Results: At the beginning of the spreading, there was a severe shortage of medical personnel and some got infected as well. Later the country mobilized a medical team of more than 40,000 people from different cities to Wuhan and improved the working conditions for doctors and nurses.
RQ: Could specific societal factors influence the spread of infectious diseases in China?
Societal divide: The successful fight against hunger in China is one of the country's great achievements and many living conditions in China have developed positively since 1980. Nevertheless, the gap between rich and poor is therefore now much wider in China than in any other Asian country. The Gini coefficient, which measures the inequality of a society on a scale of 0 to 1, was estimated at 0.5 in 2018 . This means that wealth in China is distributed more unequally than in the USA and Russia, for example.
Rapid growth led to progressive urbanization and industrialization and a high level of intra-Chinese migration. More than half of China's population now lives in megacities. In addition to the migrants' mostly low wages, many of them have no protection through health insurance. Living conditions in Megacities may cause health issues: Through the high population density and the crowds in the metro stations, a virus can spread easily. Since apartments are expensive, lesser wealthy families live closely together, often three generations together. During the confinement, if one person was infected, the virus could easily spread among the whole family.
The epidemic turned out to be a huge risk for migrant workers who bought property with loans, because they cannot pay back because of the complete lock down of the city . The dictum of the Chinese reformer Deng Xiaoping, according to which some should first become rich and the others should follow, was heavily strained by the luxury consumption of the upper class.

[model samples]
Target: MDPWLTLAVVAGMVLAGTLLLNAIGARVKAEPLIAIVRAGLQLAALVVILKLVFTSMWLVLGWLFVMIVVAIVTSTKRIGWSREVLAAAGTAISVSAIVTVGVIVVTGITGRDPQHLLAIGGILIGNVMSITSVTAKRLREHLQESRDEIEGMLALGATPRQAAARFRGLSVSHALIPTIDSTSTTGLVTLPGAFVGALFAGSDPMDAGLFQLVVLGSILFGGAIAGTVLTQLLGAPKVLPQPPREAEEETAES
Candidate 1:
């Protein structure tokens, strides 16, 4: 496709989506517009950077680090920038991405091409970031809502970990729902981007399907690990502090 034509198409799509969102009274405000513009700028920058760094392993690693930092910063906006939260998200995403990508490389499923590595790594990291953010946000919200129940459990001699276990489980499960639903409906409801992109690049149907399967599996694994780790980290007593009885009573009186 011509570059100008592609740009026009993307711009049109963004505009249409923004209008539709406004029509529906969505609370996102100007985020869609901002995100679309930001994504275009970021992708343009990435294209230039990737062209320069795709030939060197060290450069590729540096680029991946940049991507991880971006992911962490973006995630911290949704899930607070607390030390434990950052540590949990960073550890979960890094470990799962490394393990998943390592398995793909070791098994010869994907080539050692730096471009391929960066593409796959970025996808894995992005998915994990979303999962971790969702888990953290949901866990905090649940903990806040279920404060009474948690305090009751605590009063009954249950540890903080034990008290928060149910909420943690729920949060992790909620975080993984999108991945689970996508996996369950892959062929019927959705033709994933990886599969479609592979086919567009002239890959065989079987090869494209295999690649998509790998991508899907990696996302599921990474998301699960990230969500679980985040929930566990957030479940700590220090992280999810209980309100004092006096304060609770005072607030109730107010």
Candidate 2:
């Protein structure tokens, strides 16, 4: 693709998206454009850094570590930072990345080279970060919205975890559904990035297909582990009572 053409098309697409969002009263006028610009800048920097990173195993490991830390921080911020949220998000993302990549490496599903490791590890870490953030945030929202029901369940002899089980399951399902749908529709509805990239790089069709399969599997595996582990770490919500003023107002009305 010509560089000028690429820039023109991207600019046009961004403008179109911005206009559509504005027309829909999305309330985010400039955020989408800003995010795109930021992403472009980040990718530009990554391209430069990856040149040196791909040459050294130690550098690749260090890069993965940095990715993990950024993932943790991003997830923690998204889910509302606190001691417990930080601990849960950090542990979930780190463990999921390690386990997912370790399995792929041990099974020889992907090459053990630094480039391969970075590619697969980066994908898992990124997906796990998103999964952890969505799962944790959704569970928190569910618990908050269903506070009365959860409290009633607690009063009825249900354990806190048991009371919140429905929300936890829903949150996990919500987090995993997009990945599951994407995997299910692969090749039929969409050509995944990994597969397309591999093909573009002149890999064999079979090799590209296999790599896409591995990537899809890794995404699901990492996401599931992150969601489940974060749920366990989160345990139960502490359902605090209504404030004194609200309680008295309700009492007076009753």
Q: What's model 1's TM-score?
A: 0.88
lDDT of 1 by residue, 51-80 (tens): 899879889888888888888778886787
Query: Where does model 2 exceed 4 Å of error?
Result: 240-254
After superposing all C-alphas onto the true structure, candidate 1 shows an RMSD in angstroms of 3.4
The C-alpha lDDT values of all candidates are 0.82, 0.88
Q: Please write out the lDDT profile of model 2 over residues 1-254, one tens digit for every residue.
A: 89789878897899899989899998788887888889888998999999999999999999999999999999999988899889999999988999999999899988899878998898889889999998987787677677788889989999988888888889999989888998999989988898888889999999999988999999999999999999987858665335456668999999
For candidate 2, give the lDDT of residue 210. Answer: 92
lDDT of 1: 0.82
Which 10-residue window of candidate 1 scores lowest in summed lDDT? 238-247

Because of its central location, Wuhan it is the main distribution point in central China for the Yangtse river, railway, road and other transport. In 2019, Wuhan was raked as China's 9th best performing city by the Milken Institute . Through the Belt and Road Initiative, Wuhan has attracted many more businesses from all over the world and 230 of the Fortune Global 500 companies had invested there: automotive manufacturers and their suppliers, chip-making and biomedicine companies.
Confucianism: In Confucianism the order of nature is seen as parallel to the order of society. The fight against diseases is similar to a war, a similar vocabulary is used . Order is restored through the cultivation of the human being, in the case of the sick, for example, through special food and behavior in accordance with the rules.
This might be one of the explanations why the citizens followed the relatively strict restrictions which were controlled by Communist Party guards during the containment phase. Another factor is the tradition of patriarchal authority  and hierarchy: Top down-decisions are common and subordinates have very little freedom of decision , neither about the design of the system nor about their own area of responsibility, and in some cases not even about important questions of their own lives. They are dependent on guidelines and higher ranks, e.g. the state administration or parents and rarely question them. Especially in crisis situations, people won't dare to contradict.
Adaptive behavior is a consequence of collectivism and living in communities . Asians tend to wear face masks routinely when sick or traveling or during the flu season, to protect themselves but also others. Face masks were made compulsory at the end of January 2020 and people could get arrested for not wearing them. Health officials went from door to door to inquire about health issues and take the temperature. These measures are not considered intrusive, people rather feel secure by it.
The Health Commission is a planner and fatherly admonisher in matters of health: Education programs are designed to protect the population from the most common diseases. Through using modern formats (television, schools, universities, videos at railway stations, social media campaigns), such programs can be managed quite successfully through the state media.